Quantitative and qualitative differences in the T cell response to HIV in uninfected Ugandans exposed or unexposed to HIV infected partners.

Publication Type:

Journal Article

Source:

Journal of virology (2013)

Keywords:

2013, June 2013, Vaccine and Infectious Disease Division

Abstract:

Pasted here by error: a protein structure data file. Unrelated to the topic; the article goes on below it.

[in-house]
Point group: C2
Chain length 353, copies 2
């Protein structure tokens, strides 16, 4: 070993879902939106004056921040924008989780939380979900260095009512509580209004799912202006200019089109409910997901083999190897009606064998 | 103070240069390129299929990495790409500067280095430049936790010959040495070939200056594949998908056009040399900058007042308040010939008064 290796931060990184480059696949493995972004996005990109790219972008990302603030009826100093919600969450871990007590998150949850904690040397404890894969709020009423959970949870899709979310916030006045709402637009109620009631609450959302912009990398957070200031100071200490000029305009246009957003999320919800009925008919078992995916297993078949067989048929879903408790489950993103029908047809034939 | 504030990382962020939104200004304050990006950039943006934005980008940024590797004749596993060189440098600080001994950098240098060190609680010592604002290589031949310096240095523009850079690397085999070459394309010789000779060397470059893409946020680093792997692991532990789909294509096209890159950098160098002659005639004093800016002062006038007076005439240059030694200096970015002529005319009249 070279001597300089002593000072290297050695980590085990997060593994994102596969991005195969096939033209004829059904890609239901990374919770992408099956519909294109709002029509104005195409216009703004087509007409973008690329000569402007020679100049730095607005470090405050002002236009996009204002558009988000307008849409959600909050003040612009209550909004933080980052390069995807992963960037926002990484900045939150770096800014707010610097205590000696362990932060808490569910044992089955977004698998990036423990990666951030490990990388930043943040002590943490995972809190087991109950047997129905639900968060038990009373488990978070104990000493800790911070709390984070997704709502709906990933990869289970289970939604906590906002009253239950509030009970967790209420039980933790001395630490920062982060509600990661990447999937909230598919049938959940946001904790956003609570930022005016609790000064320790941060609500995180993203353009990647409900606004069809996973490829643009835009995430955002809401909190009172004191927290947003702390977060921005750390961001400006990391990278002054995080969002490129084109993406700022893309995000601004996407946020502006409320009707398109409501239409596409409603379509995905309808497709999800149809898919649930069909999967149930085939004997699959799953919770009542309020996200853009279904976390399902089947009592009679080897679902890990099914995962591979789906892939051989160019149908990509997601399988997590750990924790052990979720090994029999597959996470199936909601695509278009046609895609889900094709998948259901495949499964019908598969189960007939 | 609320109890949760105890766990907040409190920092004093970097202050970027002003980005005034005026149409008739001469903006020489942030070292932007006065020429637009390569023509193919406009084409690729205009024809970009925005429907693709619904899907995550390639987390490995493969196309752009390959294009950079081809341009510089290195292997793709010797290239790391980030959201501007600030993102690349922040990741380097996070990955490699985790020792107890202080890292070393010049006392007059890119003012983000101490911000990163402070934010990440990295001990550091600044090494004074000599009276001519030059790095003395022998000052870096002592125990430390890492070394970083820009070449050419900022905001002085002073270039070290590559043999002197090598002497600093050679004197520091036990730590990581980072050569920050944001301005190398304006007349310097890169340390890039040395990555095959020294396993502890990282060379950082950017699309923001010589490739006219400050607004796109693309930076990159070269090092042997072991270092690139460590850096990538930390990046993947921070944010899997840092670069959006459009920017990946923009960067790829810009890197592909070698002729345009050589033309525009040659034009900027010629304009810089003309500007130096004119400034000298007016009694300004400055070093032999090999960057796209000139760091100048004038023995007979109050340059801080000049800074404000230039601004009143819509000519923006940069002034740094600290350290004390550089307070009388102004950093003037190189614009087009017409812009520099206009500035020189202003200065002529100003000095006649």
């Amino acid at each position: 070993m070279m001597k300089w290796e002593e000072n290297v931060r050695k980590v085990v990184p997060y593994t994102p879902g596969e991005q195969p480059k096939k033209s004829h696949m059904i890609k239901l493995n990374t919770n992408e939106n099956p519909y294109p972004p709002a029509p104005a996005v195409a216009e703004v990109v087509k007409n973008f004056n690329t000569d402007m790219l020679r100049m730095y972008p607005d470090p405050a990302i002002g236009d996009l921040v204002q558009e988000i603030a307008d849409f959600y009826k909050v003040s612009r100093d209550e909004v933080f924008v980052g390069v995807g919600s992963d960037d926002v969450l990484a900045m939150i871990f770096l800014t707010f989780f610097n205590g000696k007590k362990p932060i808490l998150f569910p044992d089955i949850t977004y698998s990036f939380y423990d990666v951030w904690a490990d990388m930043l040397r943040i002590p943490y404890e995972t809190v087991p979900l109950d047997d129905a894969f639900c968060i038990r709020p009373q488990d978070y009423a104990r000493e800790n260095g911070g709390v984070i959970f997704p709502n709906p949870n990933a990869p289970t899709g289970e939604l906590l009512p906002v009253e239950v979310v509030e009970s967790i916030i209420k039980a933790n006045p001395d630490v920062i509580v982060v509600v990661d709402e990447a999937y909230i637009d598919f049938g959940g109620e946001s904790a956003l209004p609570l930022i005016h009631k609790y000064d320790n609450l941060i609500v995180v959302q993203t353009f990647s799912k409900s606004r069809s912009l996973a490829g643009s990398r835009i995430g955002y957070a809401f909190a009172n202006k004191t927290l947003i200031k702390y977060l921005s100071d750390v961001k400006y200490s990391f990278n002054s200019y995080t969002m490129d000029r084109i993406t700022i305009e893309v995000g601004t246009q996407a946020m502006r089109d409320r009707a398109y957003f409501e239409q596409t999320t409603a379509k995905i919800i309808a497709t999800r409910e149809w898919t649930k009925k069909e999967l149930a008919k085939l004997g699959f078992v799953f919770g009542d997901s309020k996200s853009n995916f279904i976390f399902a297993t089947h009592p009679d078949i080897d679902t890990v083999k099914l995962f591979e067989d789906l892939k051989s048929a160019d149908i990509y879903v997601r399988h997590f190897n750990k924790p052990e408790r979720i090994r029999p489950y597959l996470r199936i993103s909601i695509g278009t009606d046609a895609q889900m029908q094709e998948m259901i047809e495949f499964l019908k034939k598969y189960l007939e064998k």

HIV exposed and persistently uninfected individuals have been an intriguing, repeated observation in multiple studies, but uncertainty persists on their significance and implications for devising protective strategies against HIV. We carried out a cross sectional analysis of exposed uninfected partners in a Ugandan cohort of heterosexual serodiscordant couples (37.5% ART naïve) comparing their T cell responses to HIV peptides with those of unexposed uninfected individuals. We used an objective definition of exposure and inclusion criteria, blinded ex vivo and cultured IFN-γ ELISPOTs and multiparameter flow cytometry intracellular cytokine staining to investigate the features of the HIV specific response in exposed versus unexposed uninfected individuals. A response rate to HIV was detectable in unexposed uninfected (5.7%, 95% C.I.: 3.3 -8.1%) and, at a significantly higher level (12.5%, 95% C.I.: 9.7-15.4%), p=0.0004, in exposed uninfected individuals. The response rate to Gag was significantly higher in exposed uninfected (10/50; 20.%) compared to unexposed uninfected (1/35; 2.9%), p=0.0004. The magnitude of responses was also higher in exposed uninfected but not statistically significant. The average number of peptide pools recognized was significantly higher in exposed uninfected (1.21) than in unexposed uninfected (0.47), p=0.0106. The proportion of multifunctional responses was different in the two groups, with a higher proportion of single cytokine responses, mostly IFN-γ, in unexposed uninfected compared to exposed uninfected. Our findings demonstrate both quantitative and qualitative differences in T cell reactivity to HIV between HESN and HUSN but do not discriminate whether they represent markers of exposure or of protection against HIV infection.